alive & active

Today I made yogurt.

So here’s the thing, I love pie & I make a killer one, but whoever invented the phrase “easy as pie” was wrong, cause pie is totally hard. Yogurt though–completely easy.

The steps are these: warm some milk, add some culture, wait. Seriously, that’s it.; and if what you’re thinking now is, “well, where am I supposed to get culture?” Then I would tell you to go to an art gallery. Ba dum ching! No really, if you have a cup of Dannon in the fridge then you have live, active culture.

And now, I’ll explain the steps in a bit more detail.

WARM SOME MILK

Using 1/2 a gallon of dairy will result in about 1 quart of thick, greek-style yogurt. You could use skim milk, whole milk, goat’s milk–whatever floats your dairy wagon–and guess what, if your milk is starting to sour (you know when it’s not quite bad but just beginning to develop a questionable aroma), you can save it with this method. Using a candy thermometer and occasionally stirring, gently warm your milk to approximately 180 degrees–the magic temperature that will kill off any bad bacteria. If you’d like to perfume the whole batch you could throw in a cinnamon stick or lime zest. Once you’ve reached 180, pour the warm milk into a holding vessel and wait until the temp comes down to between 110-120 degrees.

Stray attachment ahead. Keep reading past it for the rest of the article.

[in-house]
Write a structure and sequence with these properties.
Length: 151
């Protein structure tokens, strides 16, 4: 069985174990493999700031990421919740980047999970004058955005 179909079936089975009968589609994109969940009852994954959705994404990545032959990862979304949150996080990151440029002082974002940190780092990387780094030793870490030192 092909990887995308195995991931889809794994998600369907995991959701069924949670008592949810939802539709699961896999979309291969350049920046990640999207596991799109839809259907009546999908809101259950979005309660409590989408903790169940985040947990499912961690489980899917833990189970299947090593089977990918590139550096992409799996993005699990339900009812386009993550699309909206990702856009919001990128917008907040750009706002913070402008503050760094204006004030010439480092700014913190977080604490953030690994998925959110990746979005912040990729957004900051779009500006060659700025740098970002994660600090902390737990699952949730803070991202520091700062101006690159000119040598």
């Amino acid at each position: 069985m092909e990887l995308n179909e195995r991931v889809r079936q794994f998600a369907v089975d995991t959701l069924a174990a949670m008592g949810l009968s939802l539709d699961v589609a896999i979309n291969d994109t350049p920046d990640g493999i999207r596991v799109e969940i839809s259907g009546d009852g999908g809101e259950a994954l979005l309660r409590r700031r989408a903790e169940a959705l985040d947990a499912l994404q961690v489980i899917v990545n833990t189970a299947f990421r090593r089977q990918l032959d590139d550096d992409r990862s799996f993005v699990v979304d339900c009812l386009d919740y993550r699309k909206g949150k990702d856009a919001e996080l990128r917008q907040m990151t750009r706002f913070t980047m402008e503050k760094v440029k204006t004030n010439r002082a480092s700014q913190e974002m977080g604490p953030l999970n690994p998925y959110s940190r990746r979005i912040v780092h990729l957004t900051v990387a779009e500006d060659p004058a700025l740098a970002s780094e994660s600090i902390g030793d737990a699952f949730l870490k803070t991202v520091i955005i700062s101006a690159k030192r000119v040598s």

ADD SOME CULTURE

So here’s the thing, to make yogurt you must already have yogurt. Counterintuitive, yes, but once you have the method down you never have to buy yogurt again, so stick with me. You can use virtually any yogurt available in the store–if you want insurance look for the phrase “contains live active cultures.” I recommend plain & I use nonfat; you’ll need about one tablespoon per pint of milk. When you’ve reached 120 degrees, just stir it in. Done. Except for the waiting.

WAIT

You’ll want to keep your gestating yogurt in a warm place. I like to keep mine in a bowl, covered with a towel, on an eye of the stove with the oven turned to 200 degrees. Four hours later: yogurt. Although it tastes pretty mild at this point & I generally leave it out for a few more hours to develop greater tang, then strain through a cheesecloth or paper towel and refrigerate. You’re free at this point to add any flavoring: vanilla, jam, maple syrup, honey, pickled jalapeno…

There you go: yogurt, cheaper and more delicious than any you’ll buy–trust me. Plus, you’re left with all the whey that you’ve strained off & you’ll be surprised by all the culinary adventures you can have with it. At least I hope you will–I’m only just starting those adventures myself.

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